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Walking Where We Lived: Memoirs of a Mono Indian Family Paperback – September 15, 1999

4.9 out of 5 stars 10 customer reviews

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Editorial Reviews

About the Author

Gaylen D. Lee is a descendent of the Pomona family, tradition leaders of the Nim's Eagle clan. A self-employed upholsterer, he has been active in the preservation of his family's culture throughout his life.

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Product Details

  • Paperback: 224 pages
  • Publisher: University of Oklahoma Press (September 15, 1999)
  • Language: English
  • ISBN-10: 0806131683
  • ISBN-13: 978-0806131689
  • Product Dimensions: 5.5 x 0.4 x 8.5 inches
  • Shipping Weight: 8.8 ounces (View shipping rates and policies)
  • Average Customer Review: 4.9 out of 5 stars  See all reviews (10 customer reviews)
  • Amazon Best Sellers Rank: #1,780,443 in Books (See Top 100 in Books)

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Customer Reviews

Top Customer Reviews

Format: Hardcover
As a Mono Indian, I have nothing but words of praise for Gaylen Lee's work. He begins by saying that he only speaks for himself, which is important since our families' experiences are all so different depending on contact and acculturation. I am grateful that this book was written, as it is something all people can read, appreciate and gain understanding of a California tribe.
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By A Customer on October 9, 1999
Format: Paperback
The reader hears the authentic voice of a tribe of Indians of the US far west. Lee knows his people's language and uses Native words liberally. He exlains attitudes and concepts that were at such odds with white thinking that it made the Indians vulnerable to domination. He does not apologize for his people's culture. Adults whose knowledge of Indian life may have ended with elementary school social studies will find this book astonishing
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Format: Paperback
Gaylen Lee has offered a gem! This non-linear memoir is so thoughtfully written that it provides delicate insight into the history and life of the Mono Indians while wrapping you in the story along the way.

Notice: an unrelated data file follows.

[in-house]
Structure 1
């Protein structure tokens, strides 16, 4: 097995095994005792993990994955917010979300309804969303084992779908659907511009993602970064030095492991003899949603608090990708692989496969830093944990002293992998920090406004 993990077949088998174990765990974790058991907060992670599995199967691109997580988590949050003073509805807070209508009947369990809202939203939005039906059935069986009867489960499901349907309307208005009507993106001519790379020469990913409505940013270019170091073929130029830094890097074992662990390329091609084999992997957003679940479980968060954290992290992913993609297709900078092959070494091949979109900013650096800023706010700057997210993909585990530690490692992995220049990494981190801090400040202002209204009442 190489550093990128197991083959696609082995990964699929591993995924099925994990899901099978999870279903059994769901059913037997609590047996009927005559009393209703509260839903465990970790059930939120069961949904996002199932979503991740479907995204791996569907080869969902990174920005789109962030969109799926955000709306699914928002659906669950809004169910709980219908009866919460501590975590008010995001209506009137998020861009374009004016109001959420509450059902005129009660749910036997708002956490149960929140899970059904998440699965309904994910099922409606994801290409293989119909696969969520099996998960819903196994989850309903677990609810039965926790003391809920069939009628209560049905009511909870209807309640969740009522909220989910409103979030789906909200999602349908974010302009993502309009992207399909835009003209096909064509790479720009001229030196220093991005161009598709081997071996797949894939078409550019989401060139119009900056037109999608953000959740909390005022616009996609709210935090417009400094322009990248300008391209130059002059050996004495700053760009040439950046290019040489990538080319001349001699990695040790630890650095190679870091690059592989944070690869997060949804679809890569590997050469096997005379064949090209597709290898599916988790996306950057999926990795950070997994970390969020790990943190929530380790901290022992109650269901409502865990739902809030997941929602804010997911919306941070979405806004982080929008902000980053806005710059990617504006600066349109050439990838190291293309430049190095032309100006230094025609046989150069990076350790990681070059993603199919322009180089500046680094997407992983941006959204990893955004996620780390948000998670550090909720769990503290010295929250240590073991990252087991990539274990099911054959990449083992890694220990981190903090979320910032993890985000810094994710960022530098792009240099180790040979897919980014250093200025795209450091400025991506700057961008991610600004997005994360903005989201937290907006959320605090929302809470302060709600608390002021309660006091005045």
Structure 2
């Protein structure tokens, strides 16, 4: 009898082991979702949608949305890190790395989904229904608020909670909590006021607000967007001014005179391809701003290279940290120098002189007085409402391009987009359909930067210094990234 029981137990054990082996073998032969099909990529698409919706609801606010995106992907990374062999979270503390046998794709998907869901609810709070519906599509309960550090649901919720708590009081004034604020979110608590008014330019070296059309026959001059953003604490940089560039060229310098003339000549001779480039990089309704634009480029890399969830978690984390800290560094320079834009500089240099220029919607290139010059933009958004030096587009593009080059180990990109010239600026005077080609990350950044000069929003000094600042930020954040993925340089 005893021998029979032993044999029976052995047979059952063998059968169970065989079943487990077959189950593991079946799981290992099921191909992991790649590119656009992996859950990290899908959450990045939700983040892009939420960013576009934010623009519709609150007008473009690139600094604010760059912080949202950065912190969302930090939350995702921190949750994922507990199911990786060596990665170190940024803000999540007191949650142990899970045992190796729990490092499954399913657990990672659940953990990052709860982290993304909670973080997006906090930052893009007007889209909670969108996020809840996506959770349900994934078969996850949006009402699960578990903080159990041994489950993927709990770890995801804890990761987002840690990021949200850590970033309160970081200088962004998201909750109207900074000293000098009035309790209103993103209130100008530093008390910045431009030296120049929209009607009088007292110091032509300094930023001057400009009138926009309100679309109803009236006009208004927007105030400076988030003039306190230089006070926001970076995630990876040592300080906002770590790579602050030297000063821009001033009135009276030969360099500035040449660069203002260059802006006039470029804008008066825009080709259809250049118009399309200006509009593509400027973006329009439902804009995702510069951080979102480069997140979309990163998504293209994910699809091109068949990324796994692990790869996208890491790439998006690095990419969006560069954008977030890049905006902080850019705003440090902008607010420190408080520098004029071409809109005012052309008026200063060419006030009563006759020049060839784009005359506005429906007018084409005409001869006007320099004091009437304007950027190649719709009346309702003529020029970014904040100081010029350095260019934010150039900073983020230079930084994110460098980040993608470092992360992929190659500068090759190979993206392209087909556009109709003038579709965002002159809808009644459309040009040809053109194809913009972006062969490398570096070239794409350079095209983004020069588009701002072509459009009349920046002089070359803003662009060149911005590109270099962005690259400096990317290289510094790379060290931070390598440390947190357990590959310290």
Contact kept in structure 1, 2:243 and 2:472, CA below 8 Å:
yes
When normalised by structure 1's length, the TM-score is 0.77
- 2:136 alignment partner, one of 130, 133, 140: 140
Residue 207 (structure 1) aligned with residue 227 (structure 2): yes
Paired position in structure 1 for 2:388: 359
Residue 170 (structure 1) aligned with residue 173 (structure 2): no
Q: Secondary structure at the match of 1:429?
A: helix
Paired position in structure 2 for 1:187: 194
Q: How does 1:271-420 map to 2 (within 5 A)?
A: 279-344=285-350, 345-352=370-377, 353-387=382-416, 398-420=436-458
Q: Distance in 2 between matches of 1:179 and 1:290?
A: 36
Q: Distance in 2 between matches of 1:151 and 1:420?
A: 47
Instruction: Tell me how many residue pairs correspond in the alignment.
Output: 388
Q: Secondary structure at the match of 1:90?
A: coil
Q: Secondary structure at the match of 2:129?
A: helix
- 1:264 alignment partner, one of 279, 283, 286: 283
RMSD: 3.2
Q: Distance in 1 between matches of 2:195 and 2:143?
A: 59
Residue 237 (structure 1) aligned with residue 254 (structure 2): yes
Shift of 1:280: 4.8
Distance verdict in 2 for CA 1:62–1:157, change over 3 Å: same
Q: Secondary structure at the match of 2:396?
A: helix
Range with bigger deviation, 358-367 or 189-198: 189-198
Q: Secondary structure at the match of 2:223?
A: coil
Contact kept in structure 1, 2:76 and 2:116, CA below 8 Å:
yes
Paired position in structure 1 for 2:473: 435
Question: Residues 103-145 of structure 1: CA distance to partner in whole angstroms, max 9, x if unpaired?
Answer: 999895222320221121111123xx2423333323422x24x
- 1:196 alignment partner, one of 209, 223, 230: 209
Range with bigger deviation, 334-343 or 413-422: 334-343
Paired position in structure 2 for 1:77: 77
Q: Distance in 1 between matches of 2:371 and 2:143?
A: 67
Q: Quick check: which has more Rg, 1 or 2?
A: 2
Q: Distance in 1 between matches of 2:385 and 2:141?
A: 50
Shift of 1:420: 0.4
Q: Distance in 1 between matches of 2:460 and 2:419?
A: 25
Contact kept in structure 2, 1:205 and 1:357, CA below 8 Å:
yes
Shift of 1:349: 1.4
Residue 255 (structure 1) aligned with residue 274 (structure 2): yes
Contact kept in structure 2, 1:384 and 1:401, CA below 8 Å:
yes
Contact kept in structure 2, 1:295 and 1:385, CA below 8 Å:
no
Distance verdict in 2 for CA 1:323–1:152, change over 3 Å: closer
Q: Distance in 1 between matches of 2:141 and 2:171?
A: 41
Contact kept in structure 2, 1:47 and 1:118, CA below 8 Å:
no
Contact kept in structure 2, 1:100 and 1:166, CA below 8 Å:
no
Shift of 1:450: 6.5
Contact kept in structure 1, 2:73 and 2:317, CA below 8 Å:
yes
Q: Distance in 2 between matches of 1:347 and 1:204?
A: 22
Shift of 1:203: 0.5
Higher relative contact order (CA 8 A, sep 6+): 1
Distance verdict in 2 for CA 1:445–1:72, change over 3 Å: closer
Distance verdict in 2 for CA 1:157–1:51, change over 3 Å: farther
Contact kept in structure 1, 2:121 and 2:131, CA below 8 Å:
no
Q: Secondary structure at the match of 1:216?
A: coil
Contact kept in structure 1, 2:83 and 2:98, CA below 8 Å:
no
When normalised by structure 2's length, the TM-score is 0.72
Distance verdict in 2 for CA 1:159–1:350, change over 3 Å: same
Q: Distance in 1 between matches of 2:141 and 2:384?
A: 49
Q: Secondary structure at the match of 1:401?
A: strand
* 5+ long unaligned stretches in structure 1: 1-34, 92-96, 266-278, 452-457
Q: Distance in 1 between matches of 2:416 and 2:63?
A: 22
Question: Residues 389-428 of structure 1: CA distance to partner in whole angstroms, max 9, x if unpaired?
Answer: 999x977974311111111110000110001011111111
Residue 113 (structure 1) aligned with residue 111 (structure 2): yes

Pulled along through the text you want to read more but not without appreciating each step. This is a true treasure.
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Format: Paperback
I found this in my father's library while visiting his house in Mariposa, near Yosemite. It's an evocative and enlightening book which tells, in alternate chapters, the history of the Nim*, who are California Indians from the area I was staying in, and the personal history and experiences of the author, who grew up practicing many of their traditional ways. The non-historical chapters are arranged by seasons, beginning with spring and ending when winter begins to warm into another spring.

Lee's style is alternately scholarly, poetic, personal, and frank. He wrote this, the first personal account of the Nim by a Nim, partly because the existing written material on them, compiled by white anthropologists, was misleading or outright wrong. Some information is left out because it's "none of anybody's business;" other material, mostly involving the medicinal or food use of local plants, is deliberately vague to prevent foolish and inexperienced people from accidentally killing themselves.

The history is the usual tale of stolen land and broken treaties, attempted cultural genocide and fighting back. (One of the lighter bits quotes John Muir's horror at the incredible filthiness of some Indians he encounters while hiking in the woods; Lee points out that they were in a mosquito-infested area, and the Indians had sensibly covered themselves with a natural repellent - mud!) The personal narrative is written in a more intimate voice, sometimes earthy, sometimes funny, often moving. Lee's love for his family shines through every page.

I liked this a lot, and I think anyone who likes memoirs or nature writing would enjoy it. If you have a particular interest in California history or California Indian culture, it ought to be essential reading.
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Format: Paperback
Much has been written about Native Californians, but this book comes to us from a Nim (West Mono) writer who actually grew up in the old ways as taught to him by his people. It would be difficult to think of the indigenous Californians as "primitive" after reading this book. Their remarkably intricate crafts, legends, hunting and fishing techniques, and ceremonies make a single weave that endured for millennia--and that still endure, though tattered, in spite of a century of colonialism and genocide.

This book also dispels the dual urge to romanticize Native people and to see them as passive victims of whites. Lee reveals only those stories and ceremonial details already in print, keeping the rest private to avoid their exploitation. His people defended themselves with some success and resisted colonization even while adapting to it without losing their essence as a people.
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